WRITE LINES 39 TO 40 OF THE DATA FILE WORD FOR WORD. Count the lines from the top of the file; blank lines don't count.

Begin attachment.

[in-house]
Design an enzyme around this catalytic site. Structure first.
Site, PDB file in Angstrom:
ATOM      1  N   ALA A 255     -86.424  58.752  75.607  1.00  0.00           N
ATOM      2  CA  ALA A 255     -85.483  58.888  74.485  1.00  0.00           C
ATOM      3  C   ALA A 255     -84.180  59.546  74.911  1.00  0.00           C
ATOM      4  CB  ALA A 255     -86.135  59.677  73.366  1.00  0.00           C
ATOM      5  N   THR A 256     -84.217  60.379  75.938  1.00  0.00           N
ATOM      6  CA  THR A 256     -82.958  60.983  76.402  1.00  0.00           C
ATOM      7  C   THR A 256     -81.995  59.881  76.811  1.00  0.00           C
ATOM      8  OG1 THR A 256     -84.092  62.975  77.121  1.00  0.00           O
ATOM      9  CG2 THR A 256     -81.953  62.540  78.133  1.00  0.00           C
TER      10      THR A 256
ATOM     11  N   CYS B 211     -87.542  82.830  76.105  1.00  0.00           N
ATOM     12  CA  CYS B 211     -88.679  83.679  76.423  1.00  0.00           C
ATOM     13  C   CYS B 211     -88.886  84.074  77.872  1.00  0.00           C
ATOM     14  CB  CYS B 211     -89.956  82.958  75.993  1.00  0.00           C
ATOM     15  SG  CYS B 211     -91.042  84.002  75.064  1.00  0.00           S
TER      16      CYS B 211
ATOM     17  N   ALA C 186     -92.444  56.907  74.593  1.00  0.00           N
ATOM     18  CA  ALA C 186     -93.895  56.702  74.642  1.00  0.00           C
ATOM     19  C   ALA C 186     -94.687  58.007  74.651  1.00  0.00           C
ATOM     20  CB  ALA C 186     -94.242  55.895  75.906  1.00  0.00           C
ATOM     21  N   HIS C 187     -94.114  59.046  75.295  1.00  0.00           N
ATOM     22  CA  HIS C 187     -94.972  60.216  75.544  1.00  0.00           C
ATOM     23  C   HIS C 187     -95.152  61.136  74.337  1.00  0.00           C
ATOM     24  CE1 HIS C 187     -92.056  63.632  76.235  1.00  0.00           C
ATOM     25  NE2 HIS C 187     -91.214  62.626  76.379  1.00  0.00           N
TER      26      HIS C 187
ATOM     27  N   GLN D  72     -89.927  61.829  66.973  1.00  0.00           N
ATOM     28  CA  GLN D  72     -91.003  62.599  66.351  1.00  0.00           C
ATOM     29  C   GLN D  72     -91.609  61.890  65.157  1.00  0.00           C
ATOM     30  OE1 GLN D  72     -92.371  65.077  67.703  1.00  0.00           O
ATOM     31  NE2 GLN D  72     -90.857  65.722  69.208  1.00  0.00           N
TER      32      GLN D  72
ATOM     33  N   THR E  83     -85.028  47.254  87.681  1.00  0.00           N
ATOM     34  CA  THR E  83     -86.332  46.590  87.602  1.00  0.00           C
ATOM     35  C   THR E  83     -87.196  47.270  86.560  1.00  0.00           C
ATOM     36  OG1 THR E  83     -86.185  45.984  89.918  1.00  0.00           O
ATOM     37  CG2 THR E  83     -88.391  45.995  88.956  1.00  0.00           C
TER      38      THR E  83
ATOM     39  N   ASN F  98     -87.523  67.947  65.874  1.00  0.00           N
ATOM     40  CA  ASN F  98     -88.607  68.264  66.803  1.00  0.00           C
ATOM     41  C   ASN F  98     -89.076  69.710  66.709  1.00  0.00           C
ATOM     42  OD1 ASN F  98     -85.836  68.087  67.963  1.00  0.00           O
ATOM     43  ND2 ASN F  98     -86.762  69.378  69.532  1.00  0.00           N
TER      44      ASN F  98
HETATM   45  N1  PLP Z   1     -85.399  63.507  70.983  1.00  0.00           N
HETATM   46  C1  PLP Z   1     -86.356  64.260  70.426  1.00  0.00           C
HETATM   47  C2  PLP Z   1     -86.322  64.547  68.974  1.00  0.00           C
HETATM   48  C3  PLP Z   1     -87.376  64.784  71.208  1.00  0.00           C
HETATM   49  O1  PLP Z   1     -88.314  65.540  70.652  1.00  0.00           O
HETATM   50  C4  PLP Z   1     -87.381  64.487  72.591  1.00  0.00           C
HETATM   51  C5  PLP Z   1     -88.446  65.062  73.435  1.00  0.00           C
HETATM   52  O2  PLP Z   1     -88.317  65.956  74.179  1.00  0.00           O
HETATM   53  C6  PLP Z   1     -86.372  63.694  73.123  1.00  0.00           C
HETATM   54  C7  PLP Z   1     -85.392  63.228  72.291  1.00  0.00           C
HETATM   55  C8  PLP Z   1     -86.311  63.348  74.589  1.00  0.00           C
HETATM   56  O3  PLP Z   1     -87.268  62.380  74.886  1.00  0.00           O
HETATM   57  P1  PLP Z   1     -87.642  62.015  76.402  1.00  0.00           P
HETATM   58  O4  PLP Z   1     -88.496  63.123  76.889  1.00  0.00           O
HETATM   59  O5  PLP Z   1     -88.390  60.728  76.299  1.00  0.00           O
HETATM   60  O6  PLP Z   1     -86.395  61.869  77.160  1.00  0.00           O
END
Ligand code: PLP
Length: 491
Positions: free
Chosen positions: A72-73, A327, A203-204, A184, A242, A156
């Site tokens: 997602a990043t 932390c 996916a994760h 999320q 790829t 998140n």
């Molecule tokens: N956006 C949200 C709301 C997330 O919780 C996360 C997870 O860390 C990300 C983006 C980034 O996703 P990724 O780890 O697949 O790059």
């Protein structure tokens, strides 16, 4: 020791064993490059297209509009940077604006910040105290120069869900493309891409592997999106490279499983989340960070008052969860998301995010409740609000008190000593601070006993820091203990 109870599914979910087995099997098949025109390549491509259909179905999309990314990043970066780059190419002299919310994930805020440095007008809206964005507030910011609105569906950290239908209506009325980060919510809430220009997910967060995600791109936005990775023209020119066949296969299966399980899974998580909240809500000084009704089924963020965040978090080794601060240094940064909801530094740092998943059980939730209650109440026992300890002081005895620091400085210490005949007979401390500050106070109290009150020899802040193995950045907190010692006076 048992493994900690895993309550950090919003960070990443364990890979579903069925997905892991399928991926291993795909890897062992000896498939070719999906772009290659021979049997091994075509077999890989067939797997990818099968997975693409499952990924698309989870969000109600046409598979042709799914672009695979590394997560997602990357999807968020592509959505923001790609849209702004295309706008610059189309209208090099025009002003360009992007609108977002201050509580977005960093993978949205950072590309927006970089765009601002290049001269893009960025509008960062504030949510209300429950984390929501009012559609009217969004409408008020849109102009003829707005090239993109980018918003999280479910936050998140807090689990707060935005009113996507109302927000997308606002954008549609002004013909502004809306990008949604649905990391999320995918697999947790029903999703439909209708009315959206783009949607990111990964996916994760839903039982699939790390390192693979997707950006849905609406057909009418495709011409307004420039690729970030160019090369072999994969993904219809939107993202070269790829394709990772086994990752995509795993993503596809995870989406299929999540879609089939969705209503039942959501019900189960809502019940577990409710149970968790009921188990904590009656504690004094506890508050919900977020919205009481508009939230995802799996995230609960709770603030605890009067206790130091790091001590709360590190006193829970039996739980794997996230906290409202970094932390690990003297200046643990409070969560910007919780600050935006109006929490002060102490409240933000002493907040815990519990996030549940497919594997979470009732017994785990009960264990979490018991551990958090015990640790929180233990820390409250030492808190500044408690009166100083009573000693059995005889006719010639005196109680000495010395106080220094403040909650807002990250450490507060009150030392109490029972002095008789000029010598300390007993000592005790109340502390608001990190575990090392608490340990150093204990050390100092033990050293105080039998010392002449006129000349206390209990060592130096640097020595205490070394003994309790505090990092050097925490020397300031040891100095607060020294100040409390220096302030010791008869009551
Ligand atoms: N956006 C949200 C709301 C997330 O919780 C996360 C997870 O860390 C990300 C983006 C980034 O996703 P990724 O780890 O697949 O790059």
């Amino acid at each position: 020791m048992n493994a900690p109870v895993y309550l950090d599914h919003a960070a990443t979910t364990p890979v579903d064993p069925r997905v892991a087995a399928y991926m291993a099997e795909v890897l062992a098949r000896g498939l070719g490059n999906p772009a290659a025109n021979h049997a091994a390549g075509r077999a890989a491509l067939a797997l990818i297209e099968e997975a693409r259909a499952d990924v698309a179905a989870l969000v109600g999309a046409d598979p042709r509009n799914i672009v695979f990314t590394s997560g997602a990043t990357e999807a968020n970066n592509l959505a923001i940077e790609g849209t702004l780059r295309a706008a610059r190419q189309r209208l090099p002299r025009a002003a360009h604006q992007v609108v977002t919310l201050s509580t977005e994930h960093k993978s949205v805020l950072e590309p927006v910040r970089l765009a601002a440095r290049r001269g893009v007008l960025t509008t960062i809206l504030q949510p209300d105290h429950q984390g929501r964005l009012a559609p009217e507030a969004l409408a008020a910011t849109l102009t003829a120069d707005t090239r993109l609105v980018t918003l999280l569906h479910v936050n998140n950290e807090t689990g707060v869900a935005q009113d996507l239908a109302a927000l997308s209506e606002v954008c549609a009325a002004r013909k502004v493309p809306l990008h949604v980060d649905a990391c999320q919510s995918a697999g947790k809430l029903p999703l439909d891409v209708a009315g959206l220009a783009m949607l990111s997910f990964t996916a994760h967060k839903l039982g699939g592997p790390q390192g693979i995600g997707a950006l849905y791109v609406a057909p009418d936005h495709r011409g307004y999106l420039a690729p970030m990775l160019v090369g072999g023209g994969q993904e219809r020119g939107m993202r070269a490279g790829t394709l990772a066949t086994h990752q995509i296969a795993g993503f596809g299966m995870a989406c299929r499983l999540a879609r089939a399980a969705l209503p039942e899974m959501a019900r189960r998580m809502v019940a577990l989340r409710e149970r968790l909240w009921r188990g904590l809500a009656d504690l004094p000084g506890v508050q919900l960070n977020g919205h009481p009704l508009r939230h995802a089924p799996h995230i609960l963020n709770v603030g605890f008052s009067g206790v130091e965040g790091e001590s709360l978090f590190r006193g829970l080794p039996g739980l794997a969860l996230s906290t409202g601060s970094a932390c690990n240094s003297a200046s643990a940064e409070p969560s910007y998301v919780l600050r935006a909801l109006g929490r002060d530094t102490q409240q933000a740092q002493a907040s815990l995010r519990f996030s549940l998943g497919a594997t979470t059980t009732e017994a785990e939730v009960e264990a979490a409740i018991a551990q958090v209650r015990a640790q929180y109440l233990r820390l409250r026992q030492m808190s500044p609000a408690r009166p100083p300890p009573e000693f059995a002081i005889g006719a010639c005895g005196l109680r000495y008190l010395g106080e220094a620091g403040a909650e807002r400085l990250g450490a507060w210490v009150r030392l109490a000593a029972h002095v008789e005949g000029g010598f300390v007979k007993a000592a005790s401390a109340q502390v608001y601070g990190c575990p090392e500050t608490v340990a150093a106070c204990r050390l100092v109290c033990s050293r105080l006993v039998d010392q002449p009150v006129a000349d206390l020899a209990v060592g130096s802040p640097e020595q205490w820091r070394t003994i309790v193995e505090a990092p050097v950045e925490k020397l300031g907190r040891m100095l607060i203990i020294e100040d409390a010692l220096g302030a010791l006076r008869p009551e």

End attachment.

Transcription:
ATOM     36  OG1 THR E  83     -86.185  45.984  89.918  1.00  0.00           O
ATOM     37  CG2 THR E  83     -88.391  45.995  88.956  1.00  0.00           C